(Editor's note: October is LGBT History Month, celebrated annually to recognize the notable achievements of LGBT people throughout time. Each day this month, Equality Forum will feature one LGBT icon who has made notable contributions to society and SDGLN will publish the story here in the Causes section. View previous LGBT History Month icons HERE.)
Reinaldo Arenas, born July 16, 1943, was a Cuban poet, novelist and essayist whose work focused on political and social injustices.
Arenas was born into poverty in the Cuban countryside. He wrote his first poems by carving words into tree trunks.
In 1961, Arenas moved to Havana and joined Fidel Castro’s revolutionary forces. He studied philosophy and literature at the University of Havana, but did not graduate. In 1966, his novel "Hallucinations" received a First Honorable Mention award from the National Union of Cuban Writers and Artists.
The following year, Arenas was persecuted by the Castro regime for his openly gay lifestyle. Many of his works were not reprinted in Cuba, but were published in other countries. In 1974, Arenas was imprisoned for publishing abroad without consent. He escaped from prison and tried to flee Cuba, but was captured and sent to the infamous El Morro prison. While imprsoned, he secretly wrote “Farewell to the Sea,” regarded by critics as one of his best works.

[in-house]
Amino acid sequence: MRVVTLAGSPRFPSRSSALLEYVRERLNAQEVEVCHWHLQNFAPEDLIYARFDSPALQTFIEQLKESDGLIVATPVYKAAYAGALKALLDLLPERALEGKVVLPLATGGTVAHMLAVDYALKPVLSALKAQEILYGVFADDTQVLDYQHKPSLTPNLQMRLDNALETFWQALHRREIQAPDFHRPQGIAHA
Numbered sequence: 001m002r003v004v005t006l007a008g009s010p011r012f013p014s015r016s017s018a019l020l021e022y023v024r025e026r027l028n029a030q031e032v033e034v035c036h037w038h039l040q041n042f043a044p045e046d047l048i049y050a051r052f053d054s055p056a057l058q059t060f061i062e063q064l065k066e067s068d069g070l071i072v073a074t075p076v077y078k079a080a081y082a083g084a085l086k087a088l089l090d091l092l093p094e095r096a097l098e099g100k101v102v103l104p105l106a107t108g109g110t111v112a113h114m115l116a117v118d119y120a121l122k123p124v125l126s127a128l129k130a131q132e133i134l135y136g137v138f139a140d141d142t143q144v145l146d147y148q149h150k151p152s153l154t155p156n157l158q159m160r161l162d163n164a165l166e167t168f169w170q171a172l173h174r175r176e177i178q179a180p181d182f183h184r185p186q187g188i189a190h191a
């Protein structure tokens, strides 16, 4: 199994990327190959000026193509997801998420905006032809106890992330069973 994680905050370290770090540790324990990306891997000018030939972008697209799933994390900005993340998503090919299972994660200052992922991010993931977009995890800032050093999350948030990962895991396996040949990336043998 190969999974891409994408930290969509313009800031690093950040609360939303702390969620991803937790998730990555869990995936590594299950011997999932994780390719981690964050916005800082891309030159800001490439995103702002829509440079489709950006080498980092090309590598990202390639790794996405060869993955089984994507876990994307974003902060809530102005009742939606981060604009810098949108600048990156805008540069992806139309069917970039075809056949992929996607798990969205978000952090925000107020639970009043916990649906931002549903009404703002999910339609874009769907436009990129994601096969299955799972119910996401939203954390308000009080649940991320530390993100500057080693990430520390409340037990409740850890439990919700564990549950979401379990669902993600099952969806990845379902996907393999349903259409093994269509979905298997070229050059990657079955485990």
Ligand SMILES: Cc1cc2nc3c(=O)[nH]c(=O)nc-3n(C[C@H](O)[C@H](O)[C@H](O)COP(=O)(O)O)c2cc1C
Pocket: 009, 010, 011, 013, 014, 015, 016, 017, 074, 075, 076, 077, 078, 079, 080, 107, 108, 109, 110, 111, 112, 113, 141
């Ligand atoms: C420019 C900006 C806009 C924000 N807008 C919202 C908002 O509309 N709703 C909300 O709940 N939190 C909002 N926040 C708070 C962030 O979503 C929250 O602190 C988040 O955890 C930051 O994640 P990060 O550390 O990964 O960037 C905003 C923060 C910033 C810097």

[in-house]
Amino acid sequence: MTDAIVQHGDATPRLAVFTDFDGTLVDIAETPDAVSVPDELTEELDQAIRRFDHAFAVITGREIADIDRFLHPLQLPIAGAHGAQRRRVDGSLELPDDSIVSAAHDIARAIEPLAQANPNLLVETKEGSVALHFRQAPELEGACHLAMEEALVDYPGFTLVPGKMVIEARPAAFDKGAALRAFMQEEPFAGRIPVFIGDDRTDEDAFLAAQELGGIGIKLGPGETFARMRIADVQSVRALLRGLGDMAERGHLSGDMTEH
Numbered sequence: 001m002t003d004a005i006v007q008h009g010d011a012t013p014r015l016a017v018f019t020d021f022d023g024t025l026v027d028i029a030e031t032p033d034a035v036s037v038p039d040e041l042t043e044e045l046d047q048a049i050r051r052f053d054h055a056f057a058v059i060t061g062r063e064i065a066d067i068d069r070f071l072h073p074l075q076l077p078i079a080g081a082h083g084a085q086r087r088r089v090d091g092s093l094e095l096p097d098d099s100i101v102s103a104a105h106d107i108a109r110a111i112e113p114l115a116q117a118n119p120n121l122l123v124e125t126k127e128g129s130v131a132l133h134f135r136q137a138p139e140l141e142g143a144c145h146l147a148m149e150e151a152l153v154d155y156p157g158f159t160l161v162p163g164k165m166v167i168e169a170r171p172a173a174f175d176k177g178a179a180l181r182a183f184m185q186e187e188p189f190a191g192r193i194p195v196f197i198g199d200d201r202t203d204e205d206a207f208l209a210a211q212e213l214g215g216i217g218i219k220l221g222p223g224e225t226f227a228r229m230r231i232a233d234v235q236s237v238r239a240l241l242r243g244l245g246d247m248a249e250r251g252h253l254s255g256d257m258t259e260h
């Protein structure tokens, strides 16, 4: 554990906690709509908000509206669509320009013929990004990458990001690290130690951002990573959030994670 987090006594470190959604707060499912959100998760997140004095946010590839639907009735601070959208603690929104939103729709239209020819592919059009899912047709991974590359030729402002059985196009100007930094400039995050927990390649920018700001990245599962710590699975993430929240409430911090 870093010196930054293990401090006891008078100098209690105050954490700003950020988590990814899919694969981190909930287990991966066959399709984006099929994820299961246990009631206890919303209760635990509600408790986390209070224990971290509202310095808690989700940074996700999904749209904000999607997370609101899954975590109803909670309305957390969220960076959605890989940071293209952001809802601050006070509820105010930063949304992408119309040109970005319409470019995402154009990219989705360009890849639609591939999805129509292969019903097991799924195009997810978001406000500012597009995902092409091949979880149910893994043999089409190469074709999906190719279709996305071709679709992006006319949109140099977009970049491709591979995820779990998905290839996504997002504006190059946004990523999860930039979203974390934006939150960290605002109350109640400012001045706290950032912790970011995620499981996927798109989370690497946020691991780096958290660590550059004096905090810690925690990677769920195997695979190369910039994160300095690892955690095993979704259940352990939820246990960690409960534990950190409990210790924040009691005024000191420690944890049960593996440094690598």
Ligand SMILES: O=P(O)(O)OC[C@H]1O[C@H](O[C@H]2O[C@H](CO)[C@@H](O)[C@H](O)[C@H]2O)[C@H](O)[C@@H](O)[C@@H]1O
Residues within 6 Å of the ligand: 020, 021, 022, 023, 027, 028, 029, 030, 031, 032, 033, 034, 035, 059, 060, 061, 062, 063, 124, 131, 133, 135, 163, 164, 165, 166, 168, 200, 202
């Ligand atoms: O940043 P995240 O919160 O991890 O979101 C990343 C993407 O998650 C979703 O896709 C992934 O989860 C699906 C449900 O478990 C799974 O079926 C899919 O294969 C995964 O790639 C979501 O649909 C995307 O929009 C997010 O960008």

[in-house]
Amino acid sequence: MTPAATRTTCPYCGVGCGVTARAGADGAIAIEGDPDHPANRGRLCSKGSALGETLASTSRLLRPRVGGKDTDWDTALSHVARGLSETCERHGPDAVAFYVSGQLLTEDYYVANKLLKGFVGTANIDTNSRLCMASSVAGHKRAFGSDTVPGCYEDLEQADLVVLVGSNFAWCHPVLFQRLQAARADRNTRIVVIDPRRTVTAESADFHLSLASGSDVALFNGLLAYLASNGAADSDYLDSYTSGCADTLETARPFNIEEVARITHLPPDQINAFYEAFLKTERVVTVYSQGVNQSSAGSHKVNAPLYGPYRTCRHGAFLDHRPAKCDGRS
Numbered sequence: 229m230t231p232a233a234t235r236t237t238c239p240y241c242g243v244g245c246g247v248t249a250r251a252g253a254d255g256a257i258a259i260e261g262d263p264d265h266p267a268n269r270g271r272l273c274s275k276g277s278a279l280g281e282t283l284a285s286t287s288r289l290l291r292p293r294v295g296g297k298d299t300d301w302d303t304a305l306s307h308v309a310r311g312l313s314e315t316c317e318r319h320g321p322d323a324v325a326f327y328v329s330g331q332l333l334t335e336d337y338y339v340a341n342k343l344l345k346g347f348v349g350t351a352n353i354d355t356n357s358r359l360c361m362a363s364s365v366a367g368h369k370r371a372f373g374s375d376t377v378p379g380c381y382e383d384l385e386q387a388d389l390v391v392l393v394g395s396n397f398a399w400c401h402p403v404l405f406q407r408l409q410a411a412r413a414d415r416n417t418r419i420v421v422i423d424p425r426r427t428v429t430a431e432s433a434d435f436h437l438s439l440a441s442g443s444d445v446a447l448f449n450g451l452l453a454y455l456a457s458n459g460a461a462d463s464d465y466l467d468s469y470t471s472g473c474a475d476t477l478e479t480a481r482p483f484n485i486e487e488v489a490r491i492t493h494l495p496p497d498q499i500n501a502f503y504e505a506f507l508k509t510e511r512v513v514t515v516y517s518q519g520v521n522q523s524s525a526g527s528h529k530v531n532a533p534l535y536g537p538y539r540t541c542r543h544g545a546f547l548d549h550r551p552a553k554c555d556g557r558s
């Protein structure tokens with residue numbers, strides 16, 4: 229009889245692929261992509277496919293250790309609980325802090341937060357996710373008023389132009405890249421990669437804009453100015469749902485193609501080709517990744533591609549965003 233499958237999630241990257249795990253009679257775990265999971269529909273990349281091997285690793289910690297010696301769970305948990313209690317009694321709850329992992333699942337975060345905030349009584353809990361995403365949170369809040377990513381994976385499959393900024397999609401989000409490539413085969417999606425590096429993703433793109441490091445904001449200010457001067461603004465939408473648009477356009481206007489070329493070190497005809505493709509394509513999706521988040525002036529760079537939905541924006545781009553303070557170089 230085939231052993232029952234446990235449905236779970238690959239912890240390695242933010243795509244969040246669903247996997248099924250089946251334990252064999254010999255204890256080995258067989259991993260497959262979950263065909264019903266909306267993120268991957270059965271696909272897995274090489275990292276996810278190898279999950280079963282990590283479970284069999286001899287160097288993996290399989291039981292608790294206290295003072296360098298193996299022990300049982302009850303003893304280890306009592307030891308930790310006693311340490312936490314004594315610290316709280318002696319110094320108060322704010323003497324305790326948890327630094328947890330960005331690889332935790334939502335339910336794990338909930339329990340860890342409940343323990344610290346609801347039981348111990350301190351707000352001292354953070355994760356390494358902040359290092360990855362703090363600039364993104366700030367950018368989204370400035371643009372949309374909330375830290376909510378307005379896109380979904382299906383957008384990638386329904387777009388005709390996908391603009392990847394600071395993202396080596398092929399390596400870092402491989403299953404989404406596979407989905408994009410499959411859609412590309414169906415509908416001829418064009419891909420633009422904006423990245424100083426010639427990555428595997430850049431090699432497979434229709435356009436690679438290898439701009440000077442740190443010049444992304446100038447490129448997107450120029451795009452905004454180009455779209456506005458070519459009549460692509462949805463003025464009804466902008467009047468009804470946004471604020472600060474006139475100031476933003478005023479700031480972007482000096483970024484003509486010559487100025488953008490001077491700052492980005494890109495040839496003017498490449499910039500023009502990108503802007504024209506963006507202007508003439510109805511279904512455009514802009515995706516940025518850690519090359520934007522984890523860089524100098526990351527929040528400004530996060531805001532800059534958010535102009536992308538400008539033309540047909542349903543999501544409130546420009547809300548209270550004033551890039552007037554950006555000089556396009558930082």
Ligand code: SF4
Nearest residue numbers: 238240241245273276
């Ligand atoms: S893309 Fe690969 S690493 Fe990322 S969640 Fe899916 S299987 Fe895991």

He was released in 1976 after being forced to renounce his writings. In 1980, Arenas fled to the United States, where he published works including his autobiography, "Before Night Falls." Arenas wrote about government control and social injustices under Castro's regime and in America. His writing gained popularity during the height of the AIDS epidemic when readers connected with Arenas’s oppression.
In 1987, Arenas was diagnosed with AIDS. In 1990, because he was no longer able to write, he committed suicide. Arenas left behind a letter urging Cuban exiles to continue fighting against Castro’s rule.
"Before Night Falls," a film based on Arenas's autobiography, was released in 2000. It was showcased at the Toronto Film Festival and the Venice International Film Festival and was screened around the world.
“If you cannot live the way you want, there is no point in living.”